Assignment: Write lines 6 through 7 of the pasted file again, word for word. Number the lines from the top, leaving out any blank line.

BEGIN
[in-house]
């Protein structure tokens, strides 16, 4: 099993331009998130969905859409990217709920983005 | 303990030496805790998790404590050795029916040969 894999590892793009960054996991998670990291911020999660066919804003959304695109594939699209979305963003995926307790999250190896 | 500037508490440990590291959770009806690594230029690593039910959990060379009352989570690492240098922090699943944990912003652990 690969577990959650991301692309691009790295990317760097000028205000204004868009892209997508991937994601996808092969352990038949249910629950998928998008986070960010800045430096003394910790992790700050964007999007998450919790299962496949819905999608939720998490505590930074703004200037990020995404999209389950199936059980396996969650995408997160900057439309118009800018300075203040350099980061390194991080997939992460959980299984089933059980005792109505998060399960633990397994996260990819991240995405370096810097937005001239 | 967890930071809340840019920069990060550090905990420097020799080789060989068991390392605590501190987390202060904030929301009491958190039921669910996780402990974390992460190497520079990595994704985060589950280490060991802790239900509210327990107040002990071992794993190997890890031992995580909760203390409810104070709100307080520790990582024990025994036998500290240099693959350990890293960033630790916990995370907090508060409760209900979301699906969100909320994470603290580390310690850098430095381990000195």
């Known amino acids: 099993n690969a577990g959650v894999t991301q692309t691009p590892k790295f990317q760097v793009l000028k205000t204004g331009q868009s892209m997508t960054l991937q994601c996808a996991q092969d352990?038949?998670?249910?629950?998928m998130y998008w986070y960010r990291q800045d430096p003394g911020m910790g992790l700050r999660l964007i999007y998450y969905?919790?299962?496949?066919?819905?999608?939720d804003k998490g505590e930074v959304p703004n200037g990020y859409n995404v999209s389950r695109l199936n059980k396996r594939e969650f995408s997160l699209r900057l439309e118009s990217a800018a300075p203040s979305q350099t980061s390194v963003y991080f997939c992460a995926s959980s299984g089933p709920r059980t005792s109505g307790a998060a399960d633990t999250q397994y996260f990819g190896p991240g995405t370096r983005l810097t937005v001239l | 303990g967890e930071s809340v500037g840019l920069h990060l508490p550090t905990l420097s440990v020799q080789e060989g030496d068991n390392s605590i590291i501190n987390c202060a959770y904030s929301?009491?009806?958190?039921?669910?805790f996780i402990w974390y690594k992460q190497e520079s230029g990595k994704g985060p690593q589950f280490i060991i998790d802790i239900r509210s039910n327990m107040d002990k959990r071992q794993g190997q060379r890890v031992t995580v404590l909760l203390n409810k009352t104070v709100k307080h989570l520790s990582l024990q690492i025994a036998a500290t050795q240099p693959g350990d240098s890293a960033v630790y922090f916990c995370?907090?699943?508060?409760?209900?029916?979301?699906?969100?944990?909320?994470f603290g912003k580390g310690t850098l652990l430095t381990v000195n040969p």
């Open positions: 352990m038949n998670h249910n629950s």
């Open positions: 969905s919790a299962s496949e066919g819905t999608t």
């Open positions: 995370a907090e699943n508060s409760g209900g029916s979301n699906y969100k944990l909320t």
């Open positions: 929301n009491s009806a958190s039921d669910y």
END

């Open positions: 995370a907090e699943n508060s409760g209900g029916s979301n699906y969100k944990l909320t």
């Open positions: 929301n009491s009806a958190s039921d669910y």